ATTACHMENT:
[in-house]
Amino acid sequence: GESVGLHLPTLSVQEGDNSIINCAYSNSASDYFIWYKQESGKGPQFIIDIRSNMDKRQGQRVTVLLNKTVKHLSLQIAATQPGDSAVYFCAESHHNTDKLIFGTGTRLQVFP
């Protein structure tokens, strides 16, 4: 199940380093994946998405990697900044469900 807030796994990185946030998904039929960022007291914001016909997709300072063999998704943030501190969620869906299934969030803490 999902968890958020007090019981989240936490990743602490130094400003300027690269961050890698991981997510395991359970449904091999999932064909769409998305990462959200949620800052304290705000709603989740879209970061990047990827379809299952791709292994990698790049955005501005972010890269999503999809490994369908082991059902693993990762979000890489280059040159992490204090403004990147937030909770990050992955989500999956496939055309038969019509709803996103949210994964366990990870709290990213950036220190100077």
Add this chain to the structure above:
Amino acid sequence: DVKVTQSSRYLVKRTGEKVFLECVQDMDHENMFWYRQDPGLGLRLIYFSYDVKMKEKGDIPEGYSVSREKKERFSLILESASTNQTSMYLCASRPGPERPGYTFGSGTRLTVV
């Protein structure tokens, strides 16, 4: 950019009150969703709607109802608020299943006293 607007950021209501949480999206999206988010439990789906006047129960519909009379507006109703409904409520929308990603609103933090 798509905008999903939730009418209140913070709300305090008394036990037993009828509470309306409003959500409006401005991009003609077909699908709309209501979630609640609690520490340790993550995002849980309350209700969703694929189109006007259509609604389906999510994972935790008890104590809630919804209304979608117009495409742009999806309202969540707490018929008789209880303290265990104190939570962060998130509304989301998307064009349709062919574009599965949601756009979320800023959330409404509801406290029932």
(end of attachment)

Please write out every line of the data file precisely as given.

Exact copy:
[in-house]
Amino acid sequence: GESVGLHLPTLSVQEGDNSIINCAYSNSASDYFIWYKQESGKGPQFIIDIRSNMDKRQGQRVTVLLNKTVKHLSLQIAATQPGDSAVYFCAESHHNTDKLIFGTGTRLQVFP
């Protein structure tokens, strides 16, 4: 199940380093994946998405990697900044469900 807030796994990185946030998904039929960022007291914001016909997709300072063999998704943030501190969620869906299934969030803490 999902968890958020007090019981989240936490990743602490130094400003300027690269961050890698991981997510395991359970449904091999999932064909769409998305990462959200949620800052304290705000709603989740879209970061990047990827379809299952791709292994990698790049955005501005972010890269999503999809490994369908082991059902693993990762979000890489280059040159992490204090403004990147937030909770990050992955989500999956496939055309038969019509709803996103949210994964366990990870709290990213950036220190100077």
Add this chain to the structure above:
Amino acid sequence: DVKVTQSSRYLVKRTGEKVFLECVQDMDHENMFWYRQDPGLGLRLIYFSYDVKMKEKGDIPEGYSVSREKKERFSLILESASTNQTSMYLCASRPGPERPGYTFGSGTRLTVV
């Protein structure tokens, strides 16, 4: 950019009150969703709607109802608020299943006293 607007950021209501949480999206999206988010439990789906006047129960519909009379507006109703409904409520929308990603609103933090 798509905008999903939730009418209140913070709300305090008394036990037993009828509470309306409003959500409006401005991009003609077909699908709309209501979630609640609690520490340790993550995002849980309350209700969703694929189109006007259509609604389906999510994972935790008890104590809630919804209304979608117009495409742009999806309202969540707490018929008789209880303290265990104190939570962060998130509304989301998307064009349709062919574009599965949601756009979320800023959330409404509801406290029932």